The interest in Moldova came about because Winston-Salem, a university town that grew up on tobacco money, began a sister-city relationship with Ungheni, and Lavender asked some visiting Ungheni dignitaries and the North Carolina Center for International Understanding to help her find a partnership school. Once paired, Lavender and her counterparts in Ungheni, English teacher Diana Retcu and economics teacher Elena Chelaru, decided to do a folktale project. Students would write folktales about their local region, exchange and compare them, print a book with the folktales in both Romanian and English, and then sell the book.

But the introductions to each other have been as interesting to the students as the actual project. Many Parkland students come from struggling families -- 65 percent of the students qualify for free or reduced-priced lunches -- yet they reassess their own circumstances when they hear about their counterparts who may take one bath a week, eat one meal a day, consider a glass of milk a luxury, or subsist on an average monthly salary of thirty dollars.

Teacher Candi Lavender holds a shawl given to her by students who were her hosts in Moldova.

Credit: Edutopia

Puts Things in Perspective

"I'm poor, but I'm rich compared to them. It puts the 'p' in poverty," says sophomore Gathings. "We take things for granted. ... When my Mom gives me five dollars, I think, 'This ain't enough.' But if they had it, they'd be grateful for it. I'm not grateful for everything I have, and I should be."

Lavender keeps the partnership moving forward even as her classes change. In the fall, she had students write the folktales. Bobby Hoots wrote about the Maco Light, the 1867 story of Joe Baldwin, who literally lost his head as he was swinging his flashlight back and forth to warn an oncoming train that his railroad car had become separated from the train. "They say every year he comes back and looks for his head on the train tracks," Hoots explains. He guesses the Moldovan students might think the story is "sort of funny." But then he adds, "They might also think, 'Never get on the train tracks.'"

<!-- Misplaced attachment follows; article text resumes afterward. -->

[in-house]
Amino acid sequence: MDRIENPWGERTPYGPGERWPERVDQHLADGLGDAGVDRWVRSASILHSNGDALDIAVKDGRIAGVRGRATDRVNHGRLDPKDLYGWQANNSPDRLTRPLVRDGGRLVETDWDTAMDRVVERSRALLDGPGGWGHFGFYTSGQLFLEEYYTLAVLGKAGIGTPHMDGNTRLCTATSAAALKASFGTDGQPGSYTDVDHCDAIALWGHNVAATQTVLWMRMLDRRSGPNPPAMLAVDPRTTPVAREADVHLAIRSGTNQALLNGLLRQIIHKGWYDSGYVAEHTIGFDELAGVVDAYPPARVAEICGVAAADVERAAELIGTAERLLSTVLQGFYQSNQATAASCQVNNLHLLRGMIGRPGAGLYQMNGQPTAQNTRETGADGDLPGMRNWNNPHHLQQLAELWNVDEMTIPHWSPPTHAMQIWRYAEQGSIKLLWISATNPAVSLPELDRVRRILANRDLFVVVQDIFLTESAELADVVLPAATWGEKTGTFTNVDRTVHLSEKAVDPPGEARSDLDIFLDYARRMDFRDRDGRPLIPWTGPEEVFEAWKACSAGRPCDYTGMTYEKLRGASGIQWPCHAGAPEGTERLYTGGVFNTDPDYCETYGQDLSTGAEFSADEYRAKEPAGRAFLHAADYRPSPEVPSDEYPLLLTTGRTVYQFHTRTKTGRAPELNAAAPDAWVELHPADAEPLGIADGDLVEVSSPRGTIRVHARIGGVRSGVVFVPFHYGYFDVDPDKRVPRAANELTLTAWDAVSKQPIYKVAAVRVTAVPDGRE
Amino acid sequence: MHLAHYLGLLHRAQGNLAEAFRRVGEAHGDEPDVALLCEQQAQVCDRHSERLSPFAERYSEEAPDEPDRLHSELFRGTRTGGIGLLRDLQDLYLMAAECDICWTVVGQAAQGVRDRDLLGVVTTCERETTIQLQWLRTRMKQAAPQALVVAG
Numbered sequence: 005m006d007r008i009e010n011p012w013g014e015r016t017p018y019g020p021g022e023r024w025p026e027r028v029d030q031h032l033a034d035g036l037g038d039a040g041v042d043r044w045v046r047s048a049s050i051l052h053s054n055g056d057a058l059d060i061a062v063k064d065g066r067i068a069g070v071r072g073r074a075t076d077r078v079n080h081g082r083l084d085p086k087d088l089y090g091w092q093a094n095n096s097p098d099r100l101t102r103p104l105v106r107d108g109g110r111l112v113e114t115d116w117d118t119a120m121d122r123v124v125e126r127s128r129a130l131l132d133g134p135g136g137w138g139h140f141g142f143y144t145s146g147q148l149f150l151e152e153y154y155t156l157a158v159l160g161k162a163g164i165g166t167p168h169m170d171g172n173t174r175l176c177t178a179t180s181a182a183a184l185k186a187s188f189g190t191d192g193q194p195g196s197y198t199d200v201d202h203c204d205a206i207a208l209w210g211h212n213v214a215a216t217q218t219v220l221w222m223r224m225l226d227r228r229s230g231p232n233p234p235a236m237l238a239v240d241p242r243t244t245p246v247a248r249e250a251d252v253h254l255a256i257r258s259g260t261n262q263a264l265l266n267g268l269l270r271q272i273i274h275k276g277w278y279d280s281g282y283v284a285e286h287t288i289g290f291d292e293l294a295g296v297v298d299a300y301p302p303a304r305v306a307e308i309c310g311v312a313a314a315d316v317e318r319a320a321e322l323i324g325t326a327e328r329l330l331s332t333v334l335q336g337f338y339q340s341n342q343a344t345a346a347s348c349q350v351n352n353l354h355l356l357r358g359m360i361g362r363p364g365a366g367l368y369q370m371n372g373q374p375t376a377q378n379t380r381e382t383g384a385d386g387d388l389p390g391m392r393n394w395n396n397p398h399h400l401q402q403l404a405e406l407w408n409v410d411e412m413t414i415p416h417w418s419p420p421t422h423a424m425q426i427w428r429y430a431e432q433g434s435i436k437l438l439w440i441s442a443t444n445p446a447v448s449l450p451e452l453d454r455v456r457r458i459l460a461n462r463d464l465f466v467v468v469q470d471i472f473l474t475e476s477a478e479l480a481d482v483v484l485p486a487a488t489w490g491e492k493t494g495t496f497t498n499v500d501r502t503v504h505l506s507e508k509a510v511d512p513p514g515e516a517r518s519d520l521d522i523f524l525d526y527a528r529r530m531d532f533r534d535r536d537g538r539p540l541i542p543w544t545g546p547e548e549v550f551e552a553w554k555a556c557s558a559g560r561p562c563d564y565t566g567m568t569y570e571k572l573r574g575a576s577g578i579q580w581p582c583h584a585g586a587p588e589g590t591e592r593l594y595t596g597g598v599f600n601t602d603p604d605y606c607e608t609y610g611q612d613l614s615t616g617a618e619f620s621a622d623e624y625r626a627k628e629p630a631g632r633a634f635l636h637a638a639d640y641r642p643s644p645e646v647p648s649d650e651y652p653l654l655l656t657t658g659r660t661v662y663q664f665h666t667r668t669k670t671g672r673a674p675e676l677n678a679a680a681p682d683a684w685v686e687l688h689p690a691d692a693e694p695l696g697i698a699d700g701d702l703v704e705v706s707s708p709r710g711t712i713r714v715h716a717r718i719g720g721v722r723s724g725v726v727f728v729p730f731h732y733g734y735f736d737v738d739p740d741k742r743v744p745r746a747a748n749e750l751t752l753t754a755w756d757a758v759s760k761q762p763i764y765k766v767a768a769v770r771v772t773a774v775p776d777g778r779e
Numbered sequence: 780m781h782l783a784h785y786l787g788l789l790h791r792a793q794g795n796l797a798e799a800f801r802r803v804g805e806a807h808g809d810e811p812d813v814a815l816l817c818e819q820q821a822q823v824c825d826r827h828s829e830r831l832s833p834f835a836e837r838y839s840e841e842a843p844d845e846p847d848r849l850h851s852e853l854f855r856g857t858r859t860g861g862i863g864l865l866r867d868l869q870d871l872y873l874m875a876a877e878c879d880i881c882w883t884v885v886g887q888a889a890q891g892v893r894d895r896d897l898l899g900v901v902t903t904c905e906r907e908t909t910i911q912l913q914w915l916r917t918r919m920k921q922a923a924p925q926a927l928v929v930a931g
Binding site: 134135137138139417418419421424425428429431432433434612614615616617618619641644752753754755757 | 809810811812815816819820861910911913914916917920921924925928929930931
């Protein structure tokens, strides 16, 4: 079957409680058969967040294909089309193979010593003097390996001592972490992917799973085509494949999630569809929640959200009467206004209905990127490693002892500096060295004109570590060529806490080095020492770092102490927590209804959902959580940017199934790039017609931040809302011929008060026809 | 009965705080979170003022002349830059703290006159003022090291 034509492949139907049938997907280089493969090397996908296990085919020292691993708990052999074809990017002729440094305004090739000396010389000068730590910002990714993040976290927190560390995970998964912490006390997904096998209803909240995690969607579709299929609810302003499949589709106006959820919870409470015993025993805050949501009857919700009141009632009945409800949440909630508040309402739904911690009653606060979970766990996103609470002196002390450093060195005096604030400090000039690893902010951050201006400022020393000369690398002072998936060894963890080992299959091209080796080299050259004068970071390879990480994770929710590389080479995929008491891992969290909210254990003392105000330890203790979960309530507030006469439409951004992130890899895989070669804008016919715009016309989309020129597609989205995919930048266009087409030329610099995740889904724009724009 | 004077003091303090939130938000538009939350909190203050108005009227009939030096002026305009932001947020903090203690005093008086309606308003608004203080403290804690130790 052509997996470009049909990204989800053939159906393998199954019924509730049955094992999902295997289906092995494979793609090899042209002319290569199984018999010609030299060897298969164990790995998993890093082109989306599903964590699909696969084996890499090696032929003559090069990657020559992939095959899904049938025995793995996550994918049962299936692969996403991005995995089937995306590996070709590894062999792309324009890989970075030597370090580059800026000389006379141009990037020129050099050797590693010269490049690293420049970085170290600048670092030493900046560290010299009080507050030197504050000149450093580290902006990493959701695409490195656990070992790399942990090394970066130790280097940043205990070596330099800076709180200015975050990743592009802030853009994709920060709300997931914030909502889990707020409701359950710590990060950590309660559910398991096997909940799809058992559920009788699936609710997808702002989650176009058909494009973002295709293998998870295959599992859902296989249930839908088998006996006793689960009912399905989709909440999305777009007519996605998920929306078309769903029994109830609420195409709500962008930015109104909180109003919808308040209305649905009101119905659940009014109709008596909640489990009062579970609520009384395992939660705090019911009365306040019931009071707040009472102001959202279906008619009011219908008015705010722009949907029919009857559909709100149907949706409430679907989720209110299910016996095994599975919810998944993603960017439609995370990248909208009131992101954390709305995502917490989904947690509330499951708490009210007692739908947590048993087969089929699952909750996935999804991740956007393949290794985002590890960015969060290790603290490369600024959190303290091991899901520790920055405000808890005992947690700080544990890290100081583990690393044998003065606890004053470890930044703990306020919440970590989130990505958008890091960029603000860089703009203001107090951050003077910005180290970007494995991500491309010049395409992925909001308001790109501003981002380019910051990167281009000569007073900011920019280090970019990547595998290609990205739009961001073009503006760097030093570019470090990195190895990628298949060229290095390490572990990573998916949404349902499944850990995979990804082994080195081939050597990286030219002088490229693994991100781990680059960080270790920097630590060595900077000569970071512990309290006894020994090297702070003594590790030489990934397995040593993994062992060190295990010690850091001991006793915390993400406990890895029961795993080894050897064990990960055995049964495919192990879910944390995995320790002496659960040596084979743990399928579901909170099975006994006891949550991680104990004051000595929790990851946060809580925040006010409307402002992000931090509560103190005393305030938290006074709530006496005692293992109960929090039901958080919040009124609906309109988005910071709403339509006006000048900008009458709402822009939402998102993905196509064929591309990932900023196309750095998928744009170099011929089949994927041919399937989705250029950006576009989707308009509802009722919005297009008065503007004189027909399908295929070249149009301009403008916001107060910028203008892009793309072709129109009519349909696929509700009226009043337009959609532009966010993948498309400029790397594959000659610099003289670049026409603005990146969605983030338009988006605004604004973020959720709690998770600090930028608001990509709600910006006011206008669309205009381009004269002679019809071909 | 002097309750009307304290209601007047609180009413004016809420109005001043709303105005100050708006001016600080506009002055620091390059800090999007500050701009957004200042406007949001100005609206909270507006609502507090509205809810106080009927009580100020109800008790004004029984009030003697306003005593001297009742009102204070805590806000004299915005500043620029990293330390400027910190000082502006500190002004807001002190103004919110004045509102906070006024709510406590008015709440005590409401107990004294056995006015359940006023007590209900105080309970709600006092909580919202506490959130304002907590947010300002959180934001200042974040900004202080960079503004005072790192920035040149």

This semester, Lavender's students will make comparisons between the Moldovan folktales and their own, which follows discussions comparing forms of government, religions, and architecture and learning that Brittany Spears is as popular in Eastern Europe as she is in the United States.

In an era when geography is hardly taught in schools and when the United States is not just insensitive to other cultures, "but apathetic," Lavender says, partnerships like the one her classes have with Ungheni students are critical.

"These kids have a real connection with another place in the world. There's another human being on the other end (of the Internet)." Because of that connection, Lavender says, when something happens in another country, "it's not happening to alien, distant people. That's important for them to know."

Sophomore Natalie Sheppard says these personal relationships can only help. "It might not solve world peace," she declares, "but it's a step in the right direction."

Diane Curtis is a veteran education writer and former editor for The George Lucas Educational Foundation.